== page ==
I graduated as a Sociologist because I changed my subject while studying. I wanted to be opened to different kinds of art, so I chose sociology with a strong attachment to art. I have always been thinking about the social context of art: how to open it to more people and to dissolve the boundaries that sometimes art would construct? Here, in the US it is called "social practice". At that time, I didn't know the term. Later, when I did my PhD I wrote about these boundaries and the cultural labour in the UK and Russia, and what I found striking was a case of one commercial UK gallery. I asked a gallery assistant, who was responsible for buying bottled water for the gallery, and he was tasked with buying 3 kinds of water — the very expensive one for the collectors, the less expensive ones for the honourable guests, and cheap water for the openings. Tap water was for the rest.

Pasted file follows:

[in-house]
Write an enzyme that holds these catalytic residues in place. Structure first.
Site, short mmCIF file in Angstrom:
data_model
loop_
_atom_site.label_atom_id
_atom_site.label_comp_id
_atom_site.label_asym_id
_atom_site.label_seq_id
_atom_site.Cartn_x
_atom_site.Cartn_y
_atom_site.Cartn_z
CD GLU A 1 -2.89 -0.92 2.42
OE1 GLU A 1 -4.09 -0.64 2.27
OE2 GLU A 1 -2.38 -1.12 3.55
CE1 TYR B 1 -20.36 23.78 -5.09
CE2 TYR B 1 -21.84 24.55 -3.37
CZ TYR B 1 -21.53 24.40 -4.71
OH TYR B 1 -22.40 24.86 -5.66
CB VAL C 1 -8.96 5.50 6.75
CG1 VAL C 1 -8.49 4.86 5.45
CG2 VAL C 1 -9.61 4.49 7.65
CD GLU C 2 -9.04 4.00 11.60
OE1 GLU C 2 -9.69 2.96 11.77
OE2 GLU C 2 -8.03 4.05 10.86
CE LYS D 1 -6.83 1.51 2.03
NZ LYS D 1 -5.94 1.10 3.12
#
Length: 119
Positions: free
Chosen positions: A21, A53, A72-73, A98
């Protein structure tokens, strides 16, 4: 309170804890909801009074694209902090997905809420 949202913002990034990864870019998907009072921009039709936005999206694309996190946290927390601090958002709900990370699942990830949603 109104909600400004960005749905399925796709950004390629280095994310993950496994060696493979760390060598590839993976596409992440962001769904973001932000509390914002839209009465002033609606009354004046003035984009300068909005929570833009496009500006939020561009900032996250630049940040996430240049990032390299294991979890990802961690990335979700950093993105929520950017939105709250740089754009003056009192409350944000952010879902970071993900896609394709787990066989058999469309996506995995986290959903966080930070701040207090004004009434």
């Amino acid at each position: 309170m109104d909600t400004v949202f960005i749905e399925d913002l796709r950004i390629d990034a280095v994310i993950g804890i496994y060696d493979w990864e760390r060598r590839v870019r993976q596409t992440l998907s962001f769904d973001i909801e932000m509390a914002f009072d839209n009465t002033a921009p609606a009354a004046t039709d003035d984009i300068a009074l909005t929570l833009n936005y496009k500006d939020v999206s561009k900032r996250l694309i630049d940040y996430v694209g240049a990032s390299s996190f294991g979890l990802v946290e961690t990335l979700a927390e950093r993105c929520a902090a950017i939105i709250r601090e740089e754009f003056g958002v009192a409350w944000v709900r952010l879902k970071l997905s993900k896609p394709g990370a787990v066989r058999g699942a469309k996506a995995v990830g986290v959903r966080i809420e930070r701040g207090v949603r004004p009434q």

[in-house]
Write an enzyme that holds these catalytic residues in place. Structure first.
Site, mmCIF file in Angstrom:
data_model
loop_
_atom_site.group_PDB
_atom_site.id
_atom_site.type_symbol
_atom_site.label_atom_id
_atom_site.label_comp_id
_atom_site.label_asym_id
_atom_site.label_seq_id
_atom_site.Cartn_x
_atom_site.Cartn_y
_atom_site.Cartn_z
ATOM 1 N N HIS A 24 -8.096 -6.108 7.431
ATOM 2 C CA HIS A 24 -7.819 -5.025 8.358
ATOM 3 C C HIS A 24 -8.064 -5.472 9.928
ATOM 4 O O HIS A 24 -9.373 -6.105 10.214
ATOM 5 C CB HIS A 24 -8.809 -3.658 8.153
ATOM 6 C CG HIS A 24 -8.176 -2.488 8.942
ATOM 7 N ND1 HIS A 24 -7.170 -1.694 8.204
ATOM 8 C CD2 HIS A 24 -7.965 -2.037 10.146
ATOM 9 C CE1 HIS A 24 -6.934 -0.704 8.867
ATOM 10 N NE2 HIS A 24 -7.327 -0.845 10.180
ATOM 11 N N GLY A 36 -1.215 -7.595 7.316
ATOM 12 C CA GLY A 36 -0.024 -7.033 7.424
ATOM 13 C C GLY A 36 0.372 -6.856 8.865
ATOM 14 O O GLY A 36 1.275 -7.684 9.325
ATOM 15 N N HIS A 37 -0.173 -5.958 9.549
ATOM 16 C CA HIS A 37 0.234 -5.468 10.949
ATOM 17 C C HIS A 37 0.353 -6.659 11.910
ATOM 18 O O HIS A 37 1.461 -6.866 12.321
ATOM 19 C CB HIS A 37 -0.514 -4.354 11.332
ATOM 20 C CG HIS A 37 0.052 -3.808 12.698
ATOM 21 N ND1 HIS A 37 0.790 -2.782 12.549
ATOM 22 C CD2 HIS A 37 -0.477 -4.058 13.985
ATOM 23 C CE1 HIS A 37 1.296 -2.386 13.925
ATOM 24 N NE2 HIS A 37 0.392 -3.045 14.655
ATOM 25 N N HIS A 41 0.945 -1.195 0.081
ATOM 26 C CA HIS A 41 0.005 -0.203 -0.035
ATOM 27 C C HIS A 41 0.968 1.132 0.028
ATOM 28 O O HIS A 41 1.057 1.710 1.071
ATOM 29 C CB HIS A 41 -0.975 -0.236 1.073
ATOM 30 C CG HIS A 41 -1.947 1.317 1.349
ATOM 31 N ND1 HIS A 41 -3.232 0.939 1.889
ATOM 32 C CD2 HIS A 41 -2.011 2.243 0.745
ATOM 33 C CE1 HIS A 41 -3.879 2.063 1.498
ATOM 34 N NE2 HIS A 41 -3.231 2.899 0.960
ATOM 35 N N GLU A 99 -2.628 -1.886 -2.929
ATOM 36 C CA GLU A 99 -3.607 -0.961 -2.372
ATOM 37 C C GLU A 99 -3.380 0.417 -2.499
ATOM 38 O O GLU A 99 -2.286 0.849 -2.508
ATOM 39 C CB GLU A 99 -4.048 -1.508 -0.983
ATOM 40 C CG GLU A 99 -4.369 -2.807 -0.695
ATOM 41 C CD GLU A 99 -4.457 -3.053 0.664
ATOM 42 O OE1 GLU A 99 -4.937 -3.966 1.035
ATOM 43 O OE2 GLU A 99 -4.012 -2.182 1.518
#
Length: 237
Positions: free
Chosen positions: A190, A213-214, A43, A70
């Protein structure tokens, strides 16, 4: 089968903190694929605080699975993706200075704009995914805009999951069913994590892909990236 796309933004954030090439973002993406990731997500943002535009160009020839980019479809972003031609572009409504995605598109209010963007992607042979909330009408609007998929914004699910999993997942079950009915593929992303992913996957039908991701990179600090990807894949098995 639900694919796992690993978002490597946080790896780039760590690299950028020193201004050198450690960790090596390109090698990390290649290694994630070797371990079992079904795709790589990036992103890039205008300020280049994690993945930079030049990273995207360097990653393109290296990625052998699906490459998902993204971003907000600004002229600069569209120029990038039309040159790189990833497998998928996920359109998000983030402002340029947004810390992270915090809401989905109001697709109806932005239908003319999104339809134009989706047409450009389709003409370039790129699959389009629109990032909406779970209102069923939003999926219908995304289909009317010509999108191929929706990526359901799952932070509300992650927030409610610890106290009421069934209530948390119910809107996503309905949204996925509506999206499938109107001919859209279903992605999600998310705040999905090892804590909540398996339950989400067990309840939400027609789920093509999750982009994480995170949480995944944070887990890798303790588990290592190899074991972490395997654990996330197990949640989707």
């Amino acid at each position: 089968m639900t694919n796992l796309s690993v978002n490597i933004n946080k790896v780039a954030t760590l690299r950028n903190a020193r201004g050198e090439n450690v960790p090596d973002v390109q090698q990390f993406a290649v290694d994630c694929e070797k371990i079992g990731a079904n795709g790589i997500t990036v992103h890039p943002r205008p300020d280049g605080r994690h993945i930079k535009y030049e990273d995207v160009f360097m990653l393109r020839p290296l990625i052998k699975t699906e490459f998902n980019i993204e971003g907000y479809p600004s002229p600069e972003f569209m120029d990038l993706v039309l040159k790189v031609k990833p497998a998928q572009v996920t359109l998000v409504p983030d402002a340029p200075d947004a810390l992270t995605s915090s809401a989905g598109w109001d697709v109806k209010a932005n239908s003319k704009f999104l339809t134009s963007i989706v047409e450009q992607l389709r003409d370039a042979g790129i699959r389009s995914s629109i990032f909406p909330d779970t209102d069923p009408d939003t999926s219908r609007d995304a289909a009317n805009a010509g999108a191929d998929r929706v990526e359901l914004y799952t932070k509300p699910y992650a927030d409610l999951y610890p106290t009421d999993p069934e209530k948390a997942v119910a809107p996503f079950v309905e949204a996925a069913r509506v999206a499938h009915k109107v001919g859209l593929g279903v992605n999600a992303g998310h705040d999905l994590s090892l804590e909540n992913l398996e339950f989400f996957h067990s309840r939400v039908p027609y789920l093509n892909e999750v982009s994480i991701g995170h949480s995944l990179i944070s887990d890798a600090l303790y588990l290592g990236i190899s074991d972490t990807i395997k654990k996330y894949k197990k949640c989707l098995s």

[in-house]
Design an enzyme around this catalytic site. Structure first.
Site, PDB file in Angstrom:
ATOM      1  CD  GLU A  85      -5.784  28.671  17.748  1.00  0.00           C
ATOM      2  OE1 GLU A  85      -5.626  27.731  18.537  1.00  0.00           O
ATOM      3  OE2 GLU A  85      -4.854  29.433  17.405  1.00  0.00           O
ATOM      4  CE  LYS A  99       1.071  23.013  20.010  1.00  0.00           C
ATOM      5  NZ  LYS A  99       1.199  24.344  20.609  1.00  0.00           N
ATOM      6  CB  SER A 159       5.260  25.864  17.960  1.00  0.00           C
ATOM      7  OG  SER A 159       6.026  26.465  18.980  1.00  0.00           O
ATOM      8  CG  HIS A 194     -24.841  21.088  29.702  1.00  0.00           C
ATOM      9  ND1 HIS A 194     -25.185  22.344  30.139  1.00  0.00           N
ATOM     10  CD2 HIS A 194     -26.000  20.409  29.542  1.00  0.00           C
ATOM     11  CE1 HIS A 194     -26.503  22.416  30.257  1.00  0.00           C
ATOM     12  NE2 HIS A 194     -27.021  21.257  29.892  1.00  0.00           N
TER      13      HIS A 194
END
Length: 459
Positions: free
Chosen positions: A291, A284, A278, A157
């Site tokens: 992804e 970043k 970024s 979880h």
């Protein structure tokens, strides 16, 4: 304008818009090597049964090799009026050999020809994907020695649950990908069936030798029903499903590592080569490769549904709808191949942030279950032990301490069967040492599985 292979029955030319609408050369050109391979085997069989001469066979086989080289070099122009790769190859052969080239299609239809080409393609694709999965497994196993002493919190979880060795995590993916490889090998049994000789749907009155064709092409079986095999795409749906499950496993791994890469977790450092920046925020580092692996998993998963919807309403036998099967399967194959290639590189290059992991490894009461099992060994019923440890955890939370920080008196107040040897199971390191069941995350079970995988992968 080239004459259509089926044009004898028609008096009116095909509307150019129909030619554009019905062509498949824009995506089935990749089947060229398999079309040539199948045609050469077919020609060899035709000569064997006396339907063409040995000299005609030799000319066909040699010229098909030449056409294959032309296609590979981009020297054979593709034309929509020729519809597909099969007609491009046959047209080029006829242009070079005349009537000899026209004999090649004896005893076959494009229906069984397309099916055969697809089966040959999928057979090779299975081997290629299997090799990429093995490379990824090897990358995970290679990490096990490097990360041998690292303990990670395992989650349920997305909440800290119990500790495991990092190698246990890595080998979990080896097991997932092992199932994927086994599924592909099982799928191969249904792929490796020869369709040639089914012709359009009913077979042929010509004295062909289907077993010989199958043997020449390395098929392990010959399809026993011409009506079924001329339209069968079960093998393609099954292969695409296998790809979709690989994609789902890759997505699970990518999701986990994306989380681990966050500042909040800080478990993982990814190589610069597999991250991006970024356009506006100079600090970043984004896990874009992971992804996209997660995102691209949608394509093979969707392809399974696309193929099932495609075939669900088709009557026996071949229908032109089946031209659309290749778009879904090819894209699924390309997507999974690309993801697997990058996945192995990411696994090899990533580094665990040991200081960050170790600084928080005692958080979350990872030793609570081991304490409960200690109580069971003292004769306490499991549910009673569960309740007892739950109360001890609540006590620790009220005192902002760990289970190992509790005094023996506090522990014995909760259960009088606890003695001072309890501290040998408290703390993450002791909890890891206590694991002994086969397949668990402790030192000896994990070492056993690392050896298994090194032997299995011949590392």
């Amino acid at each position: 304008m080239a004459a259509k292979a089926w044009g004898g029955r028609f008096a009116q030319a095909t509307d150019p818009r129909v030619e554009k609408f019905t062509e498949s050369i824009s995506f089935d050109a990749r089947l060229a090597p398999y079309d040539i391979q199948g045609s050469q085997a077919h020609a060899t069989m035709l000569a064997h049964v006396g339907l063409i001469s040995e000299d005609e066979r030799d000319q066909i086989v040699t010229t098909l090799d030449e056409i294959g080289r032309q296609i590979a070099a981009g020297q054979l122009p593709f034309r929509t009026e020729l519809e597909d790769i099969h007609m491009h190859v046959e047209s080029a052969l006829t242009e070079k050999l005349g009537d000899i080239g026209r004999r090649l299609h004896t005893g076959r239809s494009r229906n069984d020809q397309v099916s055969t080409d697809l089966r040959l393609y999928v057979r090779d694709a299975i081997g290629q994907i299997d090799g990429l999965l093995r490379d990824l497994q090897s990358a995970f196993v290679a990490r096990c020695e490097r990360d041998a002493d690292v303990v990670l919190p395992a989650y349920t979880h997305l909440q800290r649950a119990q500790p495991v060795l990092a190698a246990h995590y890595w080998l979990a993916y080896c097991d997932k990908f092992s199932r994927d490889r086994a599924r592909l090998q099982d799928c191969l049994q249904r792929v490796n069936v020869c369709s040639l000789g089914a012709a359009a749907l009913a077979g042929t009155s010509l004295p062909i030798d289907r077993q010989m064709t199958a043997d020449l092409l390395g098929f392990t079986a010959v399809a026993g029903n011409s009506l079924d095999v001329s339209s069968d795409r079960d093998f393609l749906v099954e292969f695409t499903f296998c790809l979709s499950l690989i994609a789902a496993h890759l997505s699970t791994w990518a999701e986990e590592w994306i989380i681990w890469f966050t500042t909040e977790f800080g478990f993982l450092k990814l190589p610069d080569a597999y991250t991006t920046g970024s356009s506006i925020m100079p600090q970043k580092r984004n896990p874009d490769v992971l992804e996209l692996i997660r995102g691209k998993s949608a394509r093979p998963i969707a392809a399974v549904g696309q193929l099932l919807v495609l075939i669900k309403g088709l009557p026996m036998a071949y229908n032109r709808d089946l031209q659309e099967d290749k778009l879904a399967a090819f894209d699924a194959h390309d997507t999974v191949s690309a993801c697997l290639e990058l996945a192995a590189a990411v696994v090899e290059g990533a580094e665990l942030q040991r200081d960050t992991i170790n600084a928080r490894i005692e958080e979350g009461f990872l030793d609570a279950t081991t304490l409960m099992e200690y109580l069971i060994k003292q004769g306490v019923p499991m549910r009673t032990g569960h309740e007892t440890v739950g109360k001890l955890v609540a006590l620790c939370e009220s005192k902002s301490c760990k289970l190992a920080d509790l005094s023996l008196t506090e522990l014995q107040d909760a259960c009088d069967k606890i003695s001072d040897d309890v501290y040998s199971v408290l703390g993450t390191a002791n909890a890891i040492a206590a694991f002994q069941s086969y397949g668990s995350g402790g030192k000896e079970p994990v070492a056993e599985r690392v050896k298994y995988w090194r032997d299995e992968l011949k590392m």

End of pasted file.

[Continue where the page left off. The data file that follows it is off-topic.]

SC: Seems like there is a hidden water hierarchy in the art world!


MK: Exactly! Recently there was a clear turn to openness in the rhetoric, especially in the US with the BLM and Me Too movements, and the fight against cultural appropriation. But I think that we need to do more work on the hidden hierarchies. Especially in application to new kinds of art, like NFT, which isn't exactly new, but the NFT platforms are. We have so many problems with the existing art world, we must not copy and paste them into this new space.